Making Room for Dog and Baby (or Six)
The Perkins family rescues a dog, and learns they have six new babies on the way.
Lynn Hayner |
Posted: September 11, 2014, 10 a.m. PST
Often, life seems to make decisions for us. While we prepare as best we can, sometimes we’re surprised to find out just how little we can anticipate its curveballs. Many families find themselves living with dogs and babies in the same household, for example, but occasionally, extraordinary circumstances come about. When the Perkins first adopted Maggie May, they didn’t have an inkling of what awaited them just a short while later.
Our First Baby
"Maggie May had been found by animal control wandering near a Houston airport,” says Lauren Perkins of Pearland, Texas. "My husband David and I adopted Maggie, our first baby of sorts, from the Red Collar Rescue in December of 2010.” The rescue volunteers and veterinarian guessed Maggie was 1 year old at the time, and that her breed mix included Brittany, Golden Retriever, and Australian Shepherd.
Eager for companionship, Maggie blended easily into the couple’s life, although she wasn’t keen on the crate idea. "Maggie found clever ways -- including prying open a crate’s bars -- to escape our indoor confinement plans,” Lauren says. "I’d pull into our driveway after work and find her sitting in the window rather than in her crate.” Maggie caused little trouble other than barking at letter carriers, so the Perkins soon gave her the run of the house.
An avid runner, Lauren included Maggie in her daily jogs, and David added playtimes and walks to ensure Maggie had enough exercise. "Lauren took the lead with dog training, since she’s a school psychologist and understands the concepts behind animal training,” says David, an information technology analyst. "I do, however, take full credit for teaching Maggie her signature trick, the High-five.”
Six New Additions
In 2011, around the same time Maggie was experimenting with offering high-fives to get out of Down-stays, the Perkins learned their family was growing in a rather big way: Lauren was carrying sextuplets. "Early on, well-meaning friends, presuming we couldn’t care for a dog and six babies, asked us if we were giving Maggie away,” David says. "Over the next nine months, we made many plans, but giving Maggie up wasn’t an option. She was family.”
As the pregnancy progressed, Lauren curtailed her exercise. "Maggie and I had to give up jogging when I was on bed rest, but she seemed to understand I couldn’t run her,” Lauren says.
"She’d keep me company all day and wouldn’t even ask for a walk until David came home from work.”In April 2012, Allison, Andrew, Benjamin, Caroline, Leah, and Levi were born, and the days of rest for Lauren and David disappeared. While the babies were still in the hospital, Lauren and David familiarized Maggie to their scents by bringing home baby clothes the infants had worn. "After much anticipation on our part, on the day we brought the first two babies home, Maggie simply acknowledged them with a sniff, and ran for a toy to give us,” David says. When the other four babies came home, Maggie welcomed them with equally as little fanfare. "She showed more interest in the volunteers that came to help than the babies themselves,” Lauren adds. "Probably because the helpers could throw her favorite squeaky chicken leg toy, and the babies couldn’t.”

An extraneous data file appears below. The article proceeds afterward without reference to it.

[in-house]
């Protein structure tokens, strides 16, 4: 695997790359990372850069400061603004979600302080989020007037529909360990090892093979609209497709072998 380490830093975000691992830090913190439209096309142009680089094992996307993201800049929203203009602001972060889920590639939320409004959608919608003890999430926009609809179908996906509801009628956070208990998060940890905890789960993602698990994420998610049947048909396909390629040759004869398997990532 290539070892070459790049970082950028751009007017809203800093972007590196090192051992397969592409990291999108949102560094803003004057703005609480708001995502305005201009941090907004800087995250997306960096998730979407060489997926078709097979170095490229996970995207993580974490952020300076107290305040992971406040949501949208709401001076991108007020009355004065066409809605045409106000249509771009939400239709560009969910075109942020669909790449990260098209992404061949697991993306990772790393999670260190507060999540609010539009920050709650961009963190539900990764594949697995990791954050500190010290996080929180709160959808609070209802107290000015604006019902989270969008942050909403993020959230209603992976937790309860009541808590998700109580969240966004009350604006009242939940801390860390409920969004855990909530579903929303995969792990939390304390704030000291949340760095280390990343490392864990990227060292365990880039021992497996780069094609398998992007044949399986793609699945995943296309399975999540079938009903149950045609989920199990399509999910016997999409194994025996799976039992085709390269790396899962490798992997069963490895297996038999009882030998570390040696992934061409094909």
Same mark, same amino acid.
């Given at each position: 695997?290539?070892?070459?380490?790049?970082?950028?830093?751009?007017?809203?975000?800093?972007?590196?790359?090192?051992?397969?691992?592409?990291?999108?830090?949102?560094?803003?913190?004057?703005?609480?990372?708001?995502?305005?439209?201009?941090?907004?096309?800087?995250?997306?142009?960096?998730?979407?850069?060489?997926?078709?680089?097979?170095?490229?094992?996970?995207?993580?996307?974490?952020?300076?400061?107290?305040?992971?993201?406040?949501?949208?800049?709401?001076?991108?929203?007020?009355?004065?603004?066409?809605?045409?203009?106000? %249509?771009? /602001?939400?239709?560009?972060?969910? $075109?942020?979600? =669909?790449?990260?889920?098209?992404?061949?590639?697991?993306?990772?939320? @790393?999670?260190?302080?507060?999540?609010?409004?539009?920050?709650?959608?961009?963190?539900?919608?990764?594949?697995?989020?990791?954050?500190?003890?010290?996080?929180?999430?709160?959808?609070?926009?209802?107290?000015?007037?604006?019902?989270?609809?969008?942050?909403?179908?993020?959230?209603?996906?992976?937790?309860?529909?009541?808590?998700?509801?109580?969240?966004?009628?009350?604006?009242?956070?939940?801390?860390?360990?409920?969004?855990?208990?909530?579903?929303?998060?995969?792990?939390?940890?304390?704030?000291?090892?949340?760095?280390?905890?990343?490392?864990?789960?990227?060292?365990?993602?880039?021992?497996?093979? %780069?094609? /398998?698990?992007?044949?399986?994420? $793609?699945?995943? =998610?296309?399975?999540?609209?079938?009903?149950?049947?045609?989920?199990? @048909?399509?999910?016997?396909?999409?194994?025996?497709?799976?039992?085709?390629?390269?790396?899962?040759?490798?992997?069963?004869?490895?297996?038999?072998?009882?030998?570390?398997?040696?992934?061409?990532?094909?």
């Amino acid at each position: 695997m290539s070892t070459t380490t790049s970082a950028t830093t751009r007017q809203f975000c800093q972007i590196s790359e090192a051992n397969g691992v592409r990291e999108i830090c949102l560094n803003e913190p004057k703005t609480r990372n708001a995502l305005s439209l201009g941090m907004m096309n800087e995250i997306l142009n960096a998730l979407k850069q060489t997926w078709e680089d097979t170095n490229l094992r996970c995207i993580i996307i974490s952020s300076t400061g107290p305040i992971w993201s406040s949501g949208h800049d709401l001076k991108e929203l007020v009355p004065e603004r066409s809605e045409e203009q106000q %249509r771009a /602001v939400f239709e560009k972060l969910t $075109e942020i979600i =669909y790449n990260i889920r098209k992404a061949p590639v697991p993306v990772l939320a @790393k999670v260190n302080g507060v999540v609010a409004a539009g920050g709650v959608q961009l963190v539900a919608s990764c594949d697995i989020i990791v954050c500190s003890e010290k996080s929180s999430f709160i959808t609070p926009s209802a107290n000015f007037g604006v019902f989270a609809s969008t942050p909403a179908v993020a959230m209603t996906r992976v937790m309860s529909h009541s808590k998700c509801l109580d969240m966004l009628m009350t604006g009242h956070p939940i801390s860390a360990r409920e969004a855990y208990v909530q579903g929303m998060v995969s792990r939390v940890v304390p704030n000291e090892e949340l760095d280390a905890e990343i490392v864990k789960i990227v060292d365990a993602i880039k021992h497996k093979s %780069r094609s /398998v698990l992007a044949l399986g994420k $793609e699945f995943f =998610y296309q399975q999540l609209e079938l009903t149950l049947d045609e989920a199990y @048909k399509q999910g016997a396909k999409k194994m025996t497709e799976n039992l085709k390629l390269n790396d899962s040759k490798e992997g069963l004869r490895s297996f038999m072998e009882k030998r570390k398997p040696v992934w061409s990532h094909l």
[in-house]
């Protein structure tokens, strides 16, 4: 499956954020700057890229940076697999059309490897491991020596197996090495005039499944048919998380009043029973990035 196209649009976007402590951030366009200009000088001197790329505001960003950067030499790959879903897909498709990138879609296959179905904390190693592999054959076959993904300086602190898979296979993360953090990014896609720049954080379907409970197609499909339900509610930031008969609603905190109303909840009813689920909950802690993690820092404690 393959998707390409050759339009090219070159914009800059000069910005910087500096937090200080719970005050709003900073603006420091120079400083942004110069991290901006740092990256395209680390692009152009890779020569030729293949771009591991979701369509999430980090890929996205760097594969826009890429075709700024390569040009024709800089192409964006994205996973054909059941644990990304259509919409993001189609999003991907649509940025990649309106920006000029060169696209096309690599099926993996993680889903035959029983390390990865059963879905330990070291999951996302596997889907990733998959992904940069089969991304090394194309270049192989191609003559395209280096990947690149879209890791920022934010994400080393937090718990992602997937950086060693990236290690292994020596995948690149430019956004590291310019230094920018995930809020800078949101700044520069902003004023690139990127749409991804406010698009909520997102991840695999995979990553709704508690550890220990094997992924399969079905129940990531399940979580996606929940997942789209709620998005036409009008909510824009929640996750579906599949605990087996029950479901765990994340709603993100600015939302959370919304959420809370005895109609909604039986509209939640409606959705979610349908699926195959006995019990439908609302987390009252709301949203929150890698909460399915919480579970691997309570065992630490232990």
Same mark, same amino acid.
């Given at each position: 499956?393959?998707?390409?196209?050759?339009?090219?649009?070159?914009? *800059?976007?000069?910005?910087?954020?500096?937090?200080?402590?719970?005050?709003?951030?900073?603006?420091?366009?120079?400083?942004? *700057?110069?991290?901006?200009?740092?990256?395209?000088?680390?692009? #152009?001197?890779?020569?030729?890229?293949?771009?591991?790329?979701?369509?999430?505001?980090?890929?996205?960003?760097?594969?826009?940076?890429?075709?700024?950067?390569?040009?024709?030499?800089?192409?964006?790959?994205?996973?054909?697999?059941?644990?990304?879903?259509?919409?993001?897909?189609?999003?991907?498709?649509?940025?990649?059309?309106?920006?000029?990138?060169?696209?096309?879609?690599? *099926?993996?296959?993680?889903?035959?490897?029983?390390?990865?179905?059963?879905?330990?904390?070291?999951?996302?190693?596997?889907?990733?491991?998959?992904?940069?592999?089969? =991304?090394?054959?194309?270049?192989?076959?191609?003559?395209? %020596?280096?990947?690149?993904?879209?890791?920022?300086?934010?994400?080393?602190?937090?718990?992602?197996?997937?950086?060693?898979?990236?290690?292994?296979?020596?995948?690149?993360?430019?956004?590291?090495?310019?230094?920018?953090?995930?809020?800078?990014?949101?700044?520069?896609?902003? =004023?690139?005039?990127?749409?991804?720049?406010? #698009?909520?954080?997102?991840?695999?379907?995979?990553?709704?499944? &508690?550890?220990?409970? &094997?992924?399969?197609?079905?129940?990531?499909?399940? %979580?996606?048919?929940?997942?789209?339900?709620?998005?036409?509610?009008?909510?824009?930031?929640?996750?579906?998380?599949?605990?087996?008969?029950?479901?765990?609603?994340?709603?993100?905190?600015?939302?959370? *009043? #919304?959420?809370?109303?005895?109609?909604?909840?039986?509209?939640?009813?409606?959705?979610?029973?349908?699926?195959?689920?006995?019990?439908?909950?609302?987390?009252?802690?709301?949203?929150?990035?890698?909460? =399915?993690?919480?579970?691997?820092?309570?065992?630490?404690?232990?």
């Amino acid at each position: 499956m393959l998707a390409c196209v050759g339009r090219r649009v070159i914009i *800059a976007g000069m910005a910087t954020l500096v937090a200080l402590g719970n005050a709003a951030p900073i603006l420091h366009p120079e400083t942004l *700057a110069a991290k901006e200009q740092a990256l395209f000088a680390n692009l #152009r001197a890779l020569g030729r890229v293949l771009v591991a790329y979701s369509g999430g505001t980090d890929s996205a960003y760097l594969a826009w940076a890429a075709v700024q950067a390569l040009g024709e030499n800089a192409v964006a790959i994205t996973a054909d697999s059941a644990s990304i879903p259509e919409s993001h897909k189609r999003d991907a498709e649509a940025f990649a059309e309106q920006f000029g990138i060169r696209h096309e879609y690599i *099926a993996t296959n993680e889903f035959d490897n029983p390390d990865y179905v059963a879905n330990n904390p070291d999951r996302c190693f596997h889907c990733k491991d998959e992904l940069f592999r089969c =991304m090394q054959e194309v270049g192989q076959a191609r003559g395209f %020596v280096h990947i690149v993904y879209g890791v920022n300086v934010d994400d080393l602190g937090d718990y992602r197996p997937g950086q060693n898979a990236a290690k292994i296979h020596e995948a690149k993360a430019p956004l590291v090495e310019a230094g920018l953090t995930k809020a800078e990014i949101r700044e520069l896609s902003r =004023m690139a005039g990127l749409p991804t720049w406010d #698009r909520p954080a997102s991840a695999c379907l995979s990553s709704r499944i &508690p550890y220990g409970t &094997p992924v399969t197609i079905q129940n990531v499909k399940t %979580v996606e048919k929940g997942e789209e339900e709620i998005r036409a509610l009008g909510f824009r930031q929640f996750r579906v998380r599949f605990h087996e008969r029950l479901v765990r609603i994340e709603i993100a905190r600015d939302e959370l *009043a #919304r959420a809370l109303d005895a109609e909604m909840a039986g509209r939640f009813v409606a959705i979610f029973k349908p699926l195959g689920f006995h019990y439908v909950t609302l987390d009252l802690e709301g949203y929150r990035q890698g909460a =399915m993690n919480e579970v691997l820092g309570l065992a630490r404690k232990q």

Living with Wee Folk
Maggie now spends her days in baby-land. A child gate surrounds the babies’ main play area, but Maggie can wander in when Lauren supervises. "Maggie’s light on her feet, and she navigates around the babies and their toys rather smoothly,” Lauren says. "She also helps keep the floor under the babies’ high chairs clean, although she turns her nose up at their rice pops.”
The sextuplets weren’t mobile in their first year, so Maggie called the shots about interaction. Now, with the babies’ gaining mobility, the tables are turning. "Andrew, Maggie’s biggest fan, follows her in his walker, squealing with glee and picking up her toys,” Lauren says. When Maggie needs a break, she’s finds secluded spots, such as under the piano, to rest. "She chooses to hang out in the family room all day, so clearly she values companionship above peace and quiet,” Lauren says. "Fortunately, our babies don’t need quiet either; they’ve always slept through Maggie’s barking.”
Unless it’s raining, every afternoon Lauren takes the six babies out in the stroller. "All day, Maggie lets me focus on baby care,” Lauren says. "But once my tennis shoes go on, she runs for her leash and bounces with excitement about our walk.” If friends or family offer to push the stroller, Lauren takes Maggie on a run. "When I take the stroller so Lauren can run Maggie, we have to take different routes,” David says. "If Maggie sees the stroller, she tries to pull Lauren back to the pack.”
The saddest time of the week for Maggie is Saturday evening, when all eight of the Perkins leave for church. "When we come home, she greets each baby individually with a kiss or two as I bring them in, one by one, from the van,” David says.
Maggie May is a big part of a big family, and a long way from her days of wandering alone on the streets of Houston. "Maggie will like the babies even more when they can toss her favorite squeaky chicken leg toy,” David says. "We’re all looking forward to the day she teaches the children to high-five her right back.”
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